One funny event occurred while we were having our mug shots taken at the police station. The police office was your typical third world police office as depicted in just about any movie; the plaster was falling off walls that had not been painted in 40 years, there were a few marks on the wall where pictures had once hung, there was one really small, smoke stained, terrible, photo of Valdivia on the wall, two desks, a crooked ceiling fan, the obligatory filing cabinets and an old tube TV with wood veneer effect trim (remember those) playing the Simpsons, loudly. The officer took our mug shots in a very modern way though, with his phone and download them to his PC. He was processing the photos on his PC and burst out laughing turning his monitor around to show us: my mugshot was on the screen and there in the background was the TV with Bart pulling a moonie or something (anyway his shorts were down and his arse bared). We had a good laugh and the photo was duly cropped so that I didn’t appear alongside Bart’s arse on my criminal record card!

I learnt a couple of things from this.

  1. Never trust the word of an official in South America when he is talking about the workings of another department, even when he checks with Valparaiso (I knew this anyway but still fell for it).
  2. Whilst everybody always say that your vessel’s logbook is admissible in court of law I had never thought that it would carry any more weight than say a personal diary or whatever. However producing our logbook with the record of the conversation with the Navy officials really did seem to carry some weight. I’ll be more careful about logging stuff in the future.

Once we were, again, legally in Chile we could start trying to make plans for our next move, or not. This is compounded by the need to make good some temporary repairs to the boat, that it’s already late in the season to start a leisurely trip across the Pacific, it’s an El Nino year and therefore the trade winds are weaker than normal, it’s expensive to stay in a marina, etc., etc..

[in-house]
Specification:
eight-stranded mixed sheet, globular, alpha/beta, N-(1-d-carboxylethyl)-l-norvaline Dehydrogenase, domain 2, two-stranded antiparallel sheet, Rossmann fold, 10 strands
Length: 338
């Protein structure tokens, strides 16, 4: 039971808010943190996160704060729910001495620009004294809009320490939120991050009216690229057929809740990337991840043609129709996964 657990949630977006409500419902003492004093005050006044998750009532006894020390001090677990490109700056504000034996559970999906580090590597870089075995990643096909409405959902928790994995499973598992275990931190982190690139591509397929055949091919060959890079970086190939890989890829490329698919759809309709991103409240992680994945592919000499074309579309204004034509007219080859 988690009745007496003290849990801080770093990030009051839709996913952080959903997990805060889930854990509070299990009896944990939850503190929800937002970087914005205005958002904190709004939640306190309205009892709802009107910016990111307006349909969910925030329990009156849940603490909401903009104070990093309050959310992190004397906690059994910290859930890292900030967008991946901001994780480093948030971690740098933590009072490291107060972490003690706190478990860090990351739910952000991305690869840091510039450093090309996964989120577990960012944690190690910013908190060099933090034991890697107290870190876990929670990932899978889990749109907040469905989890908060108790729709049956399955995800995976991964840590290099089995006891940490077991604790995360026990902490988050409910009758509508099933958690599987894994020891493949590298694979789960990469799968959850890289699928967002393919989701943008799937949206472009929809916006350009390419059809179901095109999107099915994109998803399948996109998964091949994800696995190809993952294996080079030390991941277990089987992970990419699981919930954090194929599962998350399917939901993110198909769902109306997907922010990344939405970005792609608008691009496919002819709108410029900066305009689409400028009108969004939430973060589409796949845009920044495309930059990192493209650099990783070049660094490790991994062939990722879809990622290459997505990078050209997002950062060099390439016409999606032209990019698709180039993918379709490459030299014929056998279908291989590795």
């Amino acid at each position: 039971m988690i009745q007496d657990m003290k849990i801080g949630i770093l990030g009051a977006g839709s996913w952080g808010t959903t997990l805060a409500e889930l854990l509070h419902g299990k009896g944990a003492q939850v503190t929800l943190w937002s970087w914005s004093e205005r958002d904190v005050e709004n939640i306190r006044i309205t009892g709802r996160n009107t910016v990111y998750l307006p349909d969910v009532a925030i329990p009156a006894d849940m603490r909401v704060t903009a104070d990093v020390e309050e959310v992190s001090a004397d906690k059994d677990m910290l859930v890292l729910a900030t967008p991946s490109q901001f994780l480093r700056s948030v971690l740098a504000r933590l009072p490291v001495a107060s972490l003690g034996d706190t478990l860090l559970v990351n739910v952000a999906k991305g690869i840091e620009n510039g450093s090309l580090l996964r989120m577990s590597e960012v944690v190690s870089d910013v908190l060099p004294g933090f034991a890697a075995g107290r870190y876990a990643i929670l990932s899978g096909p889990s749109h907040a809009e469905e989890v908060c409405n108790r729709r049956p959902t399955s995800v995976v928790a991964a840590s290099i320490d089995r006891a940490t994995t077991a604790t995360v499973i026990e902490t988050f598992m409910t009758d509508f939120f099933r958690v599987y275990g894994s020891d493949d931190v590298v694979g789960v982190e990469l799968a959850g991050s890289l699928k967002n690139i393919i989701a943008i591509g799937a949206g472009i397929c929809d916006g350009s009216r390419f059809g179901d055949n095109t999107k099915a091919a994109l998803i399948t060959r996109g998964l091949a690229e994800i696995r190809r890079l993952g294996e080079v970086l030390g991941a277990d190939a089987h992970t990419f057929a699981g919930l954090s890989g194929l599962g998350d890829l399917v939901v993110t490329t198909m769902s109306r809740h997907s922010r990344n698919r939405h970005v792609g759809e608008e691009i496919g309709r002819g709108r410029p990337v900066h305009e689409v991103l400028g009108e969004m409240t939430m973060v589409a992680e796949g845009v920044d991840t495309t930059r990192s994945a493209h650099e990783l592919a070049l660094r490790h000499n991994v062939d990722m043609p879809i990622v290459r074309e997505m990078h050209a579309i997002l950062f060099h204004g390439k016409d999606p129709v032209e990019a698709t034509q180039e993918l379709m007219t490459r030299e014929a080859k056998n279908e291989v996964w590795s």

We still haven’t decided what to do. We have a couple of quotes for some of the work and it turns out the propeller shafts are really expensive here! We are keeping our options open. Paula’s brother drove over to visit and she went back with him to get a new passport; which she now has. We think we have a plan for getting the work done that will leave us clear to leave so in theory we could go soon(ish). I still don’t know for sure if I have my usual winter work with Pelagic Expeditions in Cape Town or not and I guess that is the final piece of the jigsaw that we need right now.

In the mean time I can add Valdivia to the list of cities where I know the industrial estates intimately; hard-woods over the bridge, screws here, stainless steel bolts there, paint just down the road past the water tower!

One of the projects I have is to sort out the fuel system and to replace the plastic day tank with something that is clean, and cleanable. Purpose built fuel tanks are expensive everywhere and as money is tight I decided to find out what all the little fishing boats use. We were talking to a guy who is working on a very nice project boat here (it blends traditional Chiloé wooden boat building with a super yacht grade fit-out; more on this soon) who also happens to own the Calle-Calle brewery and I asked him my question on fishermen’s fuel tanks. He laughed and said “stainless steel beer kegs” – “of course: said I, “brilliant: do you know where I could get some?”. I’m still waiting for the sample kegs to arrive, hopefully they will need emptying too, so that I can see which size fits best but that seems to have solved one problem. I have a cunning idea to make a BBQ from a small keg too.